After the hearing, the motion court permanently stayed the arbitration as to both Belzberg and Lindbergh. On this appeal, Verus does not challenge the court's determination with respect to Lindbergh, but maintains that Belzberg should be equitably estopped from avoiding arbitration. Verus argues that Belzberg should be compelled to arbitrate because he knowingly exploited and directly benefitted from the Verus-Jefferies customer agreement, which contained the arbitration clause. The motion court should have compelled Belzberg to arbitrate. It is well settled that in certain circumstances, an intent to arbitrate may be imputed to a nonsignatory (TNS Holdings v MKI Sec. Corp., 92 NY2d 335, 339 ). For example, "[a] nonsignatory to an agreement containing an arbitration clause that has knowingly received direct benefits under the agreement will be equitably estopped from avoiding the agreement's obligation to arbitrate" (HRH Constr. LLC v Metropolitan Transp. Auth., 33 AD3d 568, 569 ; see Mark Ross & Co., Inc. v XE Capital Mgt., LLC, 46 AD3d 296 ; Matter of SSL Intl., PLC v Zook, 44 AD3d 429 ).
Here, Belzberg should be estopped from avoiding arbitration because he knowingly exploited and received direct benefits from the customer agreement between Verus and Jefferies. Although Belzberg claimed that he acted only as a financial advisor to Winton, and that he had no stake in the proceeds transferred to Lindbergh, the record demonstrates otherwise. Belzberg specifically asked Khan if he could use Verus's brokerage account at Jefferies to process the Fording trade, and when Khan agreed, Belzberg initiated and orchestrated the entire transaction. After the securities were liquidated, Belzberg appropriated the $223,655 of trading profits by instructing Verus to transfer them to his good friend of 25 years so that she could buy a summer home, and then directed that she repay him.
Although the motion court characterized the transfer as a loan from Winton, the record shows that Belzberg, in his personal capacity, not Winton, gave the money to Lindbergh. There is no question that Lindbergh considered the money a loan from Belzberg, not Winton. During their phone conversation, Belzberg stated: "I'm going to send you some money," and "you'll pay me back. You will repay me" (emphasis added). It makes little sense that Winton would loan Lindbergh, an unemployed borrower who could not get a mortgage and who had no demonstrable connection to Winton, almost a quarter of a million dollars with no documentation, no repayment terms, no security and apparently no interest. Furthermore, Lindbergh's testimony that she had never heard of Winton undermines any claim that the loan came from Winton. And, contrary to Belzberg's testimony that he arranged for the $223,655 to be sent to Lindbergh "through Winton," the documentary evidence shows that the funds went directly from Verus's Jefferies account to Lindbergh, and that Winton never had possession of the money.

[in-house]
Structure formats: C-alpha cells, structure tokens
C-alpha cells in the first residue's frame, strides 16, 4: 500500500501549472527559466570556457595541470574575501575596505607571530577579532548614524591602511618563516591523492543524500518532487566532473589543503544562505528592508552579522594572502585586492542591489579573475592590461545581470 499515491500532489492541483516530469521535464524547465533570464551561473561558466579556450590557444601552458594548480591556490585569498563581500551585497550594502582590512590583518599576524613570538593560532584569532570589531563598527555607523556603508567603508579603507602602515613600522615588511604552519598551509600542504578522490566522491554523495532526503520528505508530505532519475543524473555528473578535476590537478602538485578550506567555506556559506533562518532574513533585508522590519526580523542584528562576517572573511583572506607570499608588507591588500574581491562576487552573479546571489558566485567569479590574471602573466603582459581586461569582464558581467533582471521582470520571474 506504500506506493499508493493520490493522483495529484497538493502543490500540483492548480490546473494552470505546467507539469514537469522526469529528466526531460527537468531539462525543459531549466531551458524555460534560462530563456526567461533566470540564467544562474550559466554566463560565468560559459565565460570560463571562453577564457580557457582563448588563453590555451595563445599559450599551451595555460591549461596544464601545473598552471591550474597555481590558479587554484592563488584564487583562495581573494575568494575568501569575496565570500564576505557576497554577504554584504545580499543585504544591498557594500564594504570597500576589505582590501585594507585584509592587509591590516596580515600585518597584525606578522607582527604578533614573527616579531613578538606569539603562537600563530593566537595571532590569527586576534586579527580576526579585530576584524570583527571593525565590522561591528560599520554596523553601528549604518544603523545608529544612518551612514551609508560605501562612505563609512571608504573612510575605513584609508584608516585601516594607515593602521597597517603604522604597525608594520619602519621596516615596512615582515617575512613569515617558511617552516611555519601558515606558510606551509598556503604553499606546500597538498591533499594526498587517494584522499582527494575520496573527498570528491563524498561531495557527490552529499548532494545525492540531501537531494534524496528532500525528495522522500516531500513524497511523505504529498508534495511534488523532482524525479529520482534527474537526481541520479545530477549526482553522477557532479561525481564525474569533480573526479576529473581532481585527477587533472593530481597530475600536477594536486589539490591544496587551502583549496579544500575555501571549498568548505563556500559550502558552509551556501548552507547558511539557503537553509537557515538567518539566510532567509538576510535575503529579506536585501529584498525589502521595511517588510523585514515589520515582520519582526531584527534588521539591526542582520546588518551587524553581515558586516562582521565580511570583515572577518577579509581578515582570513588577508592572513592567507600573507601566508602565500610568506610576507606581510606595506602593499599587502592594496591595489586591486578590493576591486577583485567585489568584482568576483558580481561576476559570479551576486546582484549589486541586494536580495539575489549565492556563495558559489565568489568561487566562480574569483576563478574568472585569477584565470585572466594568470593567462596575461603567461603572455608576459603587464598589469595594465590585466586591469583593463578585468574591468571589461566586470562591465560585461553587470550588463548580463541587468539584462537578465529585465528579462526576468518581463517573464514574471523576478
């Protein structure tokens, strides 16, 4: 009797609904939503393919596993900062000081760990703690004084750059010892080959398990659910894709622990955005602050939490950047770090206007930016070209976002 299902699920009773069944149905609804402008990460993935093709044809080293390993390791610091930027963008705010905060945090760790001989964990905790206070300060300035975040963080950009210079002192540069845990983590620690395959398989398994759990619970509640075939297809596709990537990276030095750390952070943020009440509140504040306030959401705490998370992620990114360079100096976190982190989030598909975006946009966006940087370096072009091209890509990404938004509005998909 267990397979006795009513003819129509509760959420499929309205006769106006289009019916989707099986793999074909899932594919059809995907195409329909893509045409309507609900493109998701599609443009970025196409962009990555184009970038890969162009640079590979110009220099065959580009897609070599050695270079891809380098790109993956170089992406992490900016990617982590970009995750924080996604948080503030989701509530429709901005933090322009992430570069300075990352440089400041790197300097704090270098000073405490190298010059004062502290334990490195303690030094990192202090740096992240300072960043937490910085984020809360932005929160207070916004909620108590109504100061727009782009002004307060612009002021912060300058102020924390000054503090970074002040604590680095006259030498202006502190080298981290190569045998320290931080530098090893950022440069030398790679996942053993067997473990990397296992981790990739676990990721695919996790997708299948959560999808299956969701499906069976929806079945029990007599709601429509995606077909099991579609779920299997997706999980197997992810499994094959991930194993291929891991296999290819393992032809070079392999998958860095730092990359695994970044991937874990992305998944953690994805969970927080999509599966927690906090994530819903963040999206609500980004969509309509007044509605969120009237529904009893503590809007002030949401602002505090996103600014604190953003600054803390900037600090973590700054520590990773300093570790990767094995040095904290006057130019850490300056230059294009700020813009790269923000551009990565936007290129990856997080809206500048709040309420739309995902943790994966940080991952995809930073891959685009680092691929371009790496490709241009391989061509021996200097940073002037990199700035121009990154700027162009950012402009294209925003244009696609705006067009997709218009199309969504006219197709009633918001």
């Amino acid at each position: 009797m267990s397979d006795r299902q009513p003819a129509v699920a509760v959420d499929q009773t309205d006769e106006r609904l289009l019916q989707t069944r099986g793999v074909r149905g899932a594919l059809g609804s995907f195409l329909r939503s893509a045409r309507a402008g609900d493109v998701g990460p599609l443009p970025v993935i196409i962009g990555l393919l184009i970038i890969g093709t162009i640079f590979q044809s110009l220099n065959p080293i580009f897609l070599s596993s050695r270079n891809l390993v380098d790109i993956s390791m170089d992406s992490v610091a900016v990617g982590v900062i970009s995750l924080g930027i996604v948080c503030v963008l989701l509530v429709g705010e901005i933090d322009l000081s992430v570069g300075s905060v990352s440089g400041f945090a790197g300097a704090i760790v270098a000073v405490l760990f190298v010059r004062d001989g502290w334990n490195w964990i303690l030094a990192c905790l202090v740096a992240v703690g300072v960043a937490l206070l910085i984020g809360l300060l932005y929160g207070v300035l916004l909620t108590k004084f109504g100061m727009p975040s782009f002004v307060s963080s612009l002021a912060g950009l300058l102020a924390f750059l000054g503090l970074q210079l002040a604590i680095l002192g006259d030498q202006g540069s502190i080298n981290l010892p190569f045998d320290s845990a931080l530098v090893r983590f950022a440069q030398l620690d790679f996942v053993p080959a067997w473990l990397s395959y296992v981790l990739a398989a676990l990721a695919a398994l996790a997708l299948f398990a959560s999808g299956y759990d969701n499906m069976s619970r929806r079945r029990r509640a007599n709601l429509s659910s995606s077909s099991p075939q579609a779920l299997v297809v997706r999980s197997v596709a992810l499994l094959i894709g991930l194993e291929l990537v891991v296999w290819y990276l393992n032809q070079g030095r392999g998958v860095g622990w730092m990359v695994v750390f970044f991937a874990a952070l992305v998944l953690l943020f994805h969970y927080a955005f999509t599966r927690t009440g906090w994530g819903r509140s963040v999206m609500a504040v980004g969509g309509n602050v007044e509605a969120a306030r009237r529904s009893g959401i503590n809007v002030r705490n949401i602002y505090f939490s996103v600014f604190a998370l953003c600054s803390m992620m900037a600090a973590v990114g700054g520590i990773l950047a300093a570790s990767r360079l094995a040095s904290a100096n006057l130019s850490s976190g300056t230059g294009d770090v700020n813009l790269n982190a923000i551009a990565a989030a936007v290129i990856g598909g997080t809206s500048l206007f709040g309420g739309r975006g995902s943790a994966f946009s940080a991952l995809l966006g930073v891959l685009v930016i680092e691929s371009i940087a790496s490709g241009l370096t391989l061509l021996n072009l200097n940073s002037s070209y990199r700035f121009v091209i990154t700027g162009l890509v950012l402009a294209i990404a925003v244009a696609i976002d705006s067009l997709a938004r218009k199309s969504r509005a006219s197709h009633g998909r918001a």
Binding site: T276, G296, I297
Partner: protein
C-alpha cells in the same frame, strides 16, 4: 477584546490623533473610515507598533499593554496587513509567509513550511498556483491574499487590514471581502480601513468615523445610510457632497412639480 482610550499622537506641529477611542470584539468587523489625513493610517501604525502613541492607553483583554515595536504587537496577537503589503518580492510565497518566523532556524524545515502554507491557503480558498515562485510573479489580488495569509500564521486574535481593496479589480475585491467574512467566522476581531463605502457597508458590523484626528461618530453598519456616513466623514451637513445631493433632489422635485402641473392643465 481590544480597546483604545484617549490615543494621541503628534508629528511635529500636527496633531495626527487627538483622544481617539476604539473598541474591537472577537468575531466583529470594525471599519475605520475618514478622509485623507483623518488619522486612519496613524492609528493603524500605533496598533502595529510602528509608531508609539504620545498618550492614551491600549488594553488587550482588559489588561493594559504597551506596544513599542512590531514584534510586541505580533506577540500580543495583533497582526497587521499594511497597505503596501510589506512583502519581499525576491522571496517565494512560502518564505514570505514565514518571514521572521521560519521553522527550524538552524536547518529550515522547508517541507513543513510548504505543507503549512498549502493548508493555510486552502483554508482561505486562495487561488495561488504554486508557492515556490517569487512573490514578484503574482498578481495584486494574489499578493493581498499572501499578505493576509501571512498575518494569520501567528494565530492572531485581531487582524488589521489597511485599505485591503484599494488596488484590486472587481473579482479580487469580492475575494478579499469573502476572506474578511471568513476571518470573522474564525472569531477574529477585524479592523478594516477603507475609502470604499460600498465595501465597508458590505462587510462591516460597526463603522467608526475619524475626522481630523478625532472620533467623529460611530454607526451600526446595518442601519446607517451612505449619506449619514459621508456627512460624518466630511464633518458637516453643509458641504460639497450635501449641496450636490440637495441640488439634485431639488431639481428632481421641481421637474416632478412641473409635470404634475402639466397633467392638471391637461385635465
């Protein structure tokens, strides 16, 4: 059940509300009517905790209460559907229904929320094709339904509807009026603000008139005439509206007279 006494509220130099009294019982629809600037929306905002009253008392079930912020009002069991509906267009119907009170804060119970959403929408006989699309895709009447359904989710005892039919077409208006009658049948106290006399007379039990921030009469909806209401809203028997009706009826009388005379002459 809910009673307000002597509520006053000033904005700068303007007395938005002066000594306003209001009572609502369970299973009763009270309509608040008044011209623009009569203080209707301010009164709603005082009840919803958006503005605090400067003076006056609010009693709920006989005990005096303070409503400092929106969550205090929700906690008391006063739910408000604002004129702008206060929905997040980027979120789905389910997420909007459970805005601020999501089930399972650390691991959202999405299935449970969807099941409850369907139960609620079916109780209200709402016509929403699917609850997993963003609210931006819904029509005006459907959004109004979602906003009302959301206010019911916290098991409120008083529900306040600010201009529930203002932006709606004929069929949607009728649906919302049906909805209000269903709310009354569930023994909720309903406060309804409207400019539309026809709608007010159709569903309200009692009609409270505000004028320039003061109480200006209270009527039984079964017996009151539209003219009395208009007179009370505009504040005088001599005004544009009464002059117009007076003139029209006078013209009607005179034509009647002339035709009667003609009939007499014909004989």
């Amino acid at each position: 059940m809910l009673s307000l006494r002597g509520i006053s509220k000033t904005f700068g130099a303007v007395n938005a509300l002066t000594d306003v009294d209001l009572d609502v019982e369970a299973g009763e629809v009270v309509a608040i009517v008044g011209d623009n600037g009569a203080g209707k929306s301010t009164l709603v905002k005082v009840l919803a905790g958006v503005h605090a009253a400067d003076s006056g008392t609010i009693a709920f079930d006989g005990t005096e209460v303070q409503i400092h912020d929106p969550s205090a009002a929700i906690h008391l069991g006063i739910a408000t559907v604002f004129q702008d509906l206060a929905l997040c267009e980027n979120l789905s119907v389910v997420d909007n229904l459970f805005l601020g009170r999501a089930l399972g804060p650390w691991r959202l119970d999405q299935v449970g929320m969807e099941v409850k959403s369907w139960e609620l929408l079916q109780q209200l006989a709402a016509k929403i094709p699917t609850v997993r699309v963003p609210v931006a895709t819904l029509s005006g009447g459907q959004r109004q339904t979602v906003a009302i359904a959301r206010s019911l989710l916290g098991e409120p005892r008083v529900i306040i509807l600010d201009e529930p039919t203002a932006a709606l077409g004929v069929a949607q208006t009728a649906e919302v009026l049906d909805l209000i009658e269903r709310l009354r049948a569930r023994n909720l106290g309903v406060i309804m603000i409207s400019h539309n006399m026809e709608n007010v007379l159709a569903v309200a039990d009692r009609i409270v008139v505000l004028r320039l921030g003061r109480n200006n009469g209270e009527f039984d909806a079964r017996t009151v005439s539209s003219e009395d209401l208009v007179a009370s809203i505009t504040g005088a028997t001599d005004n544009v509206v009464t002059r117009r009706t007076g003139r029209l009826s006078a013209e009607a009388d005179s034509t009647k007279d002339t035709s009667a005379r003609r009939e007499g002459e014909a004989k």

Additionally, the record reveals that Belzberg's hearing testimony is inconsistent with an earlier affidavit he filed in the litigation. In the affidavit, Belzberg stated that he is "merely a financial advisor of Winton, and . . . [has] no authority to act on behalf of or bind Winton." But at the hearing, Belzberg admitted that he has the power to make investments for Winton. Likewise, his affidavit statement that he "had no involvement in Winton's transfer of funds to Verus'[s] account at Jefferies or the purchase of Fording securities" is flatly contradicted by his hearing testimony that he directed that $5 million be transferred from Winton to the Jefferies account for purchase of the securities. Belzberg's contradictory statements on these material issues cast doubt on his present claim that the loan came from Winton and not him, and warrant our rejection of his factual characterization of the money transfer.
Contrary to Belzberg's argument, the benefit to him flowed directly from the customer agreement. The profits Belzberg diverted to Lindbergh were generated in the Fording trade that Belzberg orchestrated using Verus's account at Jefferies. As the motion court recognized when it ordered Winton to arbitrate, absent the Verus-Jefferies customer agreement, Belzberg would not have been able to place the trade with Jefferies. And, as Lindbergh testified, she will repay the money directly to Belzberg, which means that Belzberg will ultimately receive the profits from the trade. Because Belzberg knowingly exploited and directly benefitted from the Verus-Jefferies customer agreement, he should be estopped from avoiding the agreement's obligation to arbitrate (see Matter of SSL Intl., 44 AD3d at 430 [nonsignatories to a license agreement were estopped from seeking to avoid an arbitration provision since they marketed products that utilized technology covered by the license agreement]).
THIS CONSTITUTES THE DECISION AND ORDER OF THE SUPREME COURT, APPELLATE DIVISION, FIRST DEPARTMENT.
ENTERED: MAY 24, 2012